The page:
Cleavers
(Galium aparine)

Alias names for Cleavers: Galium aparine Family: Rubiaceae, Amor De Hortelano, Aperine, Barweed, Bedstraw, Burwood, Catch weed, Catchweed, Cheese rent herb, Clabber grass, Cleavers Goosegrass, Cleavers, Cleaverwort, Cleever, Clivers, Eriffe, Erriffe, Everlasting Friendship, Galium aparine, Gia Mara, Goose bill, Goose grass, Goose’s hair, Goosebill, Goosegrass, Goose-share, Grateron, Gravel grass, Grip Grass, Hashishat Al Af’A, Hayriffe, Hayruff, Hedge Clivers, Hedgeheriff, Kaz Yogurtotu, Loveman, Milk sweet, Mutton Chops, Poor Robin, Robin-run-in-the-grass, Robin-run-the-hedge, Savoyan, Scratch weed, Scratchweed, Sticky willow, Sticky willy, Stickyweed, Stickywilly, Sticky-willy, Velcro weed, Zhu Yang Yang

Chinese Name for Cleavers: None Found

Pictures of Cleavers:

These sticky little flowers are from the Cleavers plant.

These sticky little flowers are from the Cleavers plant.

Cleavers sticks to everything--plants, your pants legs--but it's a great herb for chronic bladder infection.

Cleavers sticks to everything–plants, your pants legs–but it’s a great herb for chronic bladder infection.

References for Cleavers pictures:
https://www.bodyenlightenment.me/blog/2011/09/cleavers-an-herb-for-lymphatic-health/
https://medicinalherbinfo.org/herbs/Cleavers.html

About Cleavers: Cleavers is an annual that has square stems and grows up to 4 ft. It has whorls of lance-shaped leaves. The small white flowers grow in clusters that produce a green fruit which has hooked prickles. The plant is common in North America and in Europe, and it can be found in temperate regions of Australia. Cleavers is common along roadsides and can be grown in gardens. Here in Idaho we call it a weed. It grows in well drained neutral to alkaline soil and can be propagated by seed or plant division. The plant is harvested in late spring when it blooms and is dried. It can also be used fresh, juiced or in oil. The ripe seeds and roots are used as well.

Actions and Uses of Cleavers:
• Anti-inflammatory
• Antichloristic (removes bleach from the system—interesting because this herb is used for low-grade bladder infections and chlorine really affects the bladder and male prostate)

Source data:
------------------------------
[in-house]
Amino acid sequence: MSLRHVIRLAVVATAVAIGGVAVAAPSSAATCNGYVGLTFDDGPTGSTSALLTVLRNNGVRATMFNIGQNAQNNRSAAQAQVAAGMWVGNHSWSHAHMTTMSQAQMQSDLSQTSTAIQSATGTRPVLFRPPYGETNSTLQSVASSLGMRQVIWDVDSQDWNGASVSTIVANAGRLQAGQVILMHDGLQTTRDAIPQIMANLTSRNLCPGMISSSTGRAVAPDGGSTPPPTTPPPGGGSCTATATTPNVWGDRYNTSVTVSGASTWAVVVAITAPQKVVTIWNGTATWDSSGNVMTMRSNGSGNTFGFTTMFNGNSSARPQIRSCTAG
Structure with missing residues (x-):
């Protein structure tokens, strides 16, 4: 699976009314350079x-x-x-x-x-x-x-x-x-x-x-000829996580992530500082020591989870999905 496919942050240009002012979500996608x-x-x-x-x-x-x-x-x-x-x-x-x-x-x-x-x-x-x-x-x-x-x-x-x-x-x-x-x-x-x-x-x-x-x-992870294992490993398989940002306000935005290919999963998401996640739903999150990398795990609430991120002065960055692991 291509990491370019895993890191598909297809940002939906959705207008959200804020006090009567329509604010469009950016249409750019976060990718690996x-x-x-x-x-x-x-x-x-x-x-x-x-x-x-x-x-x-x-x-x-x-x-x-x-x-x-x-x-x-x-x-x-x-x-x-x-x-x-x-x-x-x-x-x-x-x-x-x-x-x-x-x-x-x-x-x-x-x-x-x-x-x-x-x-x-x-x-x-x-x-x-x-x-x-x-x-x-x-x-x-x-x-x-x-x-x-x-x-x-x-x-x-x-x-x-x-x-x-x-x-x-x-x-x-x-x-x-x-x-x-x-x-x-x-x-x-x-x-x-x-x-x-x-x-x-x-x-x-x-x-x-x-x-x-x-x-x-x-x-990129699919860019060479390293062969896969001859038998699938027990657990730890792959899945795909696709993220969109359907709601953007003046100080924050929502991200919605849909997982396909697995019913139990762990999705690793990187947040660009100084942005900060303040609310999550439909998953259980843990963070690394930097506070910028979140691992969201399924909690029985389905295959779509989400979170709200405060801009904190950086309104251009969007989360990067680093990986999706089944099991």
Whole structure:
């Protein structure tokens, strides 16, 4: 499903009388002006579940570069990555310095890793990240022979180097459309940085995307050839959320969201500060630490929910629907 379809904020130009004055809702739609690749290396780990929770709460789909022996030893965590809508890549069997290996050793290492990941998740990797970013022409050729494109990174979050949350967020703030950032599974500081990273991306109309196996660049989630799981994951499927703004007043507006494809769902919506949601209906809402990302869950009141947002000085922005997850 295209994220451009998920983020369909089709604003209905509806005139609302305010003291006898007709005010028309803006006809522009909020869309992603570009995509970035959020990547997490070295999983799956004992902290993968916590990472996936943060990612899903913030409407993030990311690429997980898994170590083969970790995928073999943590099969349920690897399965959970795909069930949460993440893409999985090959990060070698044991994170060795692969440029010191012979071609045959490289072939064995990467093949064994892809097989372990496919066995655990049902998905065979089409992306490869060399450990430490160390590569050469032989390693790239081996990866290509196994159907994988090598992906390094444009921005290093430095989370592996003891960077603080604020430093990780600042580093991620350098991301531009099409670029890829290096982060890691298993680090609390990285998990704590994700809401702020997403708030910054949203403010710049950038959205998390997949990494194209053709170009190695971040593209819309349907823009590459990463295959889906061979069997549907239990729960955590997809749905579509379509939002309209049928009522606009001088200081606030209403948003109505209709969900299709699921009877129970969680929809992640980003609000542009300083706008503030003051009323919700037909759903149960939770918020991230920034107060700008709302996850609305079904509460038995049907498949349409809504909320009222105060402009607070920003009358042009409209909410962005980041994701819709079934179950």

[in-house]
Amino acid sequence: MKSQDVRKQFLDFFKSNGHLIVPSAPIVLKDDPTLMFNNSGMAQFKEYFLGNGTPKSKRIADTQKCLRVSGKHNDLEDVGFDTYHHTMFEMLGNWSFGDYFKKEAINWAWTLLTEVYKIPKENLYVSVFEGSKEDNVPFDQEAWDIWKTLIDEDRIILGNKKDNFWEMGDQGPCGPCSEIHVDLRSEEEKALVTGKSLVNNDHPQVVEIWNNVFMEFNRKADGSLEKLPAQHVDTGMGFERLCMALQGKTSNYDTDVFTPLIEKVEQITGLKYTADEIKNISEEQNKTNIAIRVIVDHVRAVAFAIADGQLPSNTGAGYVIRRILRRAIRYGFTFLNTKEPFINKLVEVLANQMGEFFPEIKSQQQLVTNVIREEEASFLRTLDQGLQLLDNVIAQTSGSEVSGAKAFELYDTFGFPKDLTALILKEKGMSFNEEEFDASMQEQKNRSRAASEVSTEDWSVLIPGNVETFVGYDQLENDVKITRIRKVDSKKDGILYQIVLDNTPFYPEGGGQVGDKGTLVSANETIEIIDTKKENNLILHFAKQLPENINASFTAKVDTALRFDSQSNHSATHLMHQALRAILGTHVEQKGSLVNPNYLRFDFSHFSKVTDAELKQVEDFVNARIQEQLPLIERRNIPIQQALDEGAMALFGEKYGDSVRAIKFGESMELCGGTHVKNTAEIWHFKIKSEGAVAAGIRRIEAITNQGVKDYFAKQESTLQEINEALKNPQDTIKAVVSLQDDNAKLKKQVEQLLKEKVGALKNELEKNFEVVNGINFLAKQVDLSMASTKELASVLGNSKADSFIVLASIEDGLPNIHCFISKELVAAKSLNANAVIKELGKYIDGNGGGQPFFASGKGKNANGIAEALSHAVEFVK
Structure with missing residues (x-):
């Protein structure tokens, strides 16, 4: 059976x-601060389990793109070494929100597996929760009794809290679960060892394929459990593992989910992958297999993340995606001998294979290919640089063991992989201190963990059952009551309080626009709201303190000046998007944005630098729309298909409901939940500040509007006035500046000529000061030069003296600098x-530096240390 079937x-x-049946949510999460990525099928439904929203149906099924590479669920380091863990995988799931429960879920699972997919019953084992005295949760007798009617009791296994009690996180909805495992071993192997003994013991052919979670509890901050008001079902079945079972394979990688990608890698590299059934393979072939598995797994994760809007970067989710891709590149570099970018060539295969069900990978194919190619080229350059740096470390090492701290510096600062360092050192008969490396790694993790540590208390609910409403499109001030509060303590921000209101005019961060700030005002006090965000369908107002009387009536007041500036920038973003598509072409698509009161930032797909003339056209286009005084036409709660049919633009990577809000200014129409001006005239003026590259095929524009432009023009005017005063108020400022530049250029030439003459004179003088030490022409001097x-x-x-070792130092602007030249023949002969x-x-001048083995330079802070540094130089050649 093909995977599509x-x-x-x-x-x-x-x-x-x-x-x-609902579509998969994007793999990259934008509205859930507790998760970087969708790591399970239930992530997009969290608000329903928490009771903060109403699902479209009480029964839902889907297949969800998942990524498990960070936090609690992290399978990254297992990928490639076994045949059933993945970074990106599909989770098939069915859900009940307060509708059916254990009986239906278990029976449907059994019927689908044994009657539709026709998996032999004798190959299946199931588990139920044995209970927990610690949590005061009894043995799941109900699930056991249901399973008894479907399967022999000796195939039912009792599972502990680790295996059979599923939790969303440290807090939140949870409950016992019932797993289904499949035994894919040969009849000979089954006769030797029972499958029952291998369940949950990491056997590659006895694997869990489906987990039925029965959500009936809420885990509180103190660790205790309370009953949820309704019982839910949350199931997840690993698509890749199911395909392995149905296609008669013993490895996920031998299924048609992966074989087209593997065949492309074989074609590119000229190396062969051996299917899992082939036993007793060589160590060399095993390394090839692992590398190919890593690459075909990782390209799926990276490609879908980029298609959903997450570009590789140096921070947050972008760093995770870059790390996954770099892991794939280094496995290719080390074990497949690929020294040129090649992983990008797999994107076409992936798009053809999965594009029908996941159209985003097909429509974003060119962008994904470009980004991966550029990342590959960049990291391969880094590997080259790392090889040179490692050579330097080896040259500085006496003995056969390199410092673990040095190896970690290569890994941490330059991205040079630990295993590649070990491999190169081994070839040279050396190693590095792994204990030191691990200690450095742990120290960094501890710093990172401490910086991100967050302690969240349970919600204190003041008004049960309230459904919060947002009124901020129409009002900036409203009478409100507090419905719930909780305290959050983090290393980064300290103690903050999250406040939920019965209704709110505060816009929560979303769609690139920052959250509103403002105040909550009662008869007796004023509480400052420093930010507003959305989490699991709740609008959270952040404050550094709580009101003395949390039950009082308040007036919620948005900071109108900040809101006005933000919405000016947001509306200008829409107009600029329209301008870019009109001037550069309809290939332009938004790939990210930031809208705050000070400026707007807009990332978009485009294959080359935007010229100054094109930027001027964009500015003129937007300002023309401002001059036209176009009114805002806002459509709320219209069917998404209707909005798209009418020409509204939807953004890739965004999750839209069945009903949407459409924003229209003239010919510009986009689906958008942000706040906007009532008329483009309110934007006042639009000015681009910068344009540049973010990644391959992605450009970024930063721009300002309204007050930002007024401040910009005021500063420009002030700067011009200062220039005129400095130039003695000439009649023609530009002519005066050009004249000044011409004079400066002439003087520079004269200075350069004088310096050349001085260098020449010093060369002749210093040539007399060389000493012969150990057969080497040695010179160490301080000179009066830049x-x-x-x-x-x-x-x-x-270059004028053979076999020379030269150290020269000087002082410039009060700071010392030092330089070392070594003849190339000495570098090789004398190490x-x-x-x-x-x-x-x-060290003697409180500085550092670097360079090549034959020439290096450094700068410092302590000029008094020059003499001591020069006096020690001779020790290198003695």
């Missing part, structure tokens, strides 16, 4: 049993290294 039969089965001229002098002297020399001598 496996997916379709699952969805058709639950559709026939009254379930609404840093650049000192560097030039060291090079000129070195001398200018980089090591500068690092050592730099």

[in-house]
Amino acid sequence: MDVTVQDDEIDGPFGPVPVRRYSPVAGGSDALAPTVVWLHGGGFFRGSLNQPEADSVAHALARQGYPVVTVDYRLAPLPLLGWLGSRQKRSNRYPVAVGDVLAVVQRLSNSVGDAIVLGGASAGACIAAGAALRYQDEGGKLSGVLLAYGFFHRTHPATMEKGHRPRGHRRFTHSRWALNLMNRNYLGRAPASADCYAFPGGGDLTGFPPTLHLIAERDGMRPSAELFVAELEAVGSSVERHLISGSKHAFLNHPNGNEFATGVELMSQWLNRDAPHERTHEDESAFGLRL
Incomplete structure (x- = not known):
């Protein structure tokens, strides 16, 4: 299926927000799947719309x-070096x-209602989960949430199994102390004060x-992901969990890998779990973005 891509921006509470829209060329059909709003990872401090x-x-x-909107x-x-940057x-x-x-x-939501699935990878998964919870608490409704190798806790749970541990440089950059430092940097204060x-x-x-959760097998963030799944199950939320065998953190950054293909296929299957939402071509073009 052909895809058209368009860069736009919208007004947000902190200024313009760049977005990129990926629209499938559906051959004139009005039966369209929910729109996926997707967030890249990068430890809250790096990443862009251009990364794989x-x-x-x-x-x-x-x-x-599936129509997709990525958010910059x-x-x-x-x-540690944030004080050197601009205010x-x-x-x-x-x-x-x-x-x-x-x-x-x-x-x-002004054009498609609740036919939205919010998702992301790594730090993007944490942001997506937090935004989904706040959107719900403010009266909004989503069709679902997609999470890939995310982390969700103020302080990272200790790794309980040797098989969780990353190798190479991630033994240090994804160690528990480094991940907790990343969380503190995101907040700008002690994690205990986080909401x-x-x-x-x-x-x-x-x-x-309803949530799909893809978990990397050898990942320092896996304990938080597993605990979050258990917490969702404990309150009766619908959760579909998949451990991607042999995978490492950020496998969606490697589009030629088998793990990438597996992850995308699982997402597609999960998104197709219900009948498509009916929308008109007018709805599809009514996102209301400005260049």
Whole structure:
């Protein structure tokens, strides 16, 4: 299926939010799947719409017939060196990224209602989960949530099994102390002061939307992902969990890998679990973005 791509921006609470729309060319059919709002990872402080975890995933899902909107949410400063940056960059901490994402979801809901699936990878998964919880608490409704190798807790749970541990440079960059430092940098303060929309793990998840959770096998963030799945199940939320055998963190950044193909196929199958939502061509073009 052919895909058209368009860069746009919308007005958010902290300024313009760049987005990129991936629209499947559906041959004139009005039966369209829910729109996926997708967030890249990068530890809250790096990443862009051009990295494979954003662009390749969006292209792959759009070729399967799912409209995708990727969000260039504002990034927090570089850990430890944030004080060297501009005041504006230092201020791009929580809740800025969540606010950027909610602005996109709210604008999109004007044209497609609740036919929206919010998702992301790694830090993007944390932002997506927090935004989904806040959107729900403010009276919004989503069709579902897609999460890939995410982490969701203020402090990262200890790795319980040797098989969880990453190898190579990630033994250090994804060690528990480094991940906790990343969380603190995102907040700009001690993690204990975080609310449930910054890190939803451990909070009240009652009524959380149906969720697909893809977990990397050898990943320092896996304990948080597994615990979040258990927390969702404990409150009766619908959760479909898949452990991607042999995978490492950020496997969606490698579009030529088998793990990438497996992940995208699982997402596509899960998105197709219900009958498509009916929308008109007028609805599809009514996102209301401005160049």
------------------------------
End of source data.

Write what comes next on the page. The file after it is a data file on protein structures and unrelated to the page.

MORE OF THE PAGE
• Aperient (mild laxative or purgative)
• Astringent
• Cancer
• Coffee Substitute (I can’t imagine but. . .)
• Cystitis
• Depurative (meaning a purifier)
• Diuretic
• Febrifuge (breaks fevers)
• Glandular Fever
• Gonorrhea
• Hair tonic
• Hepatitis
• Kidney Stones
• Lymphatic system stimulate and cleanser
• Mild laxative
• Skin Conditions–eczema, psoriasis and seborrhea

• Swollen lymph glands
• Tonic
• Tonsillitis
• Ulcers
• Urinary Problems
• Venomous snake and spider bites
• Vulnerary (heals wounds)
• Wounds

How Cleavers is used and how it works:
• Compress soaked in infused cleavers juice is helpful for burns and inflamed skin.
• Cream
• Hair rinse
• Infusion can be used for urinary problems and to reduce fever.
• Juice from the aerial parts of Cleavers is a diuretic and lymphatic cleanser used for treating various cancers, glandular fever, tonsillitis, and prostate problems.
• Tincture can be taken in combination with other herbs such as pokeroot.
• Tea

Parts of the Cleavers plant used: Whole plant

Properties of Cleavers: Acidic, alterative, antitumor, astringent, bitter, cooling, diuretic, laxative, relaxes, spasms, tonic

Chemical Constituents of Cleavers: Anthraquinones (in the root), citric acid, coumarins, flavonoids, glycosides (asperuloside), iridoids, polyphenolic acids (caffeic-acid, gallic acid), tannins

Contradictions, safety issues, concerns, harmful drug interactions and allergy precautions for Cleavers: Cleaver has no known side effects and is said to be safe to use for children and pregnant or nursing women. However, excessive handling of the fresh herb may cause skin irritation.

Helpful Links and References for Cleavers:
https://altnature.com/gallery/cleavers.htm
https://www.botanical.com/botanical/mgmh/c/cliver74.html
https://www.cshs.com/herbsOfMonth/cleavers.html
https://medicinalherbinfo.org/herbs/Cleavers.html
• Book: Healing Plants of the Rocky Mountains by Darcy Williamson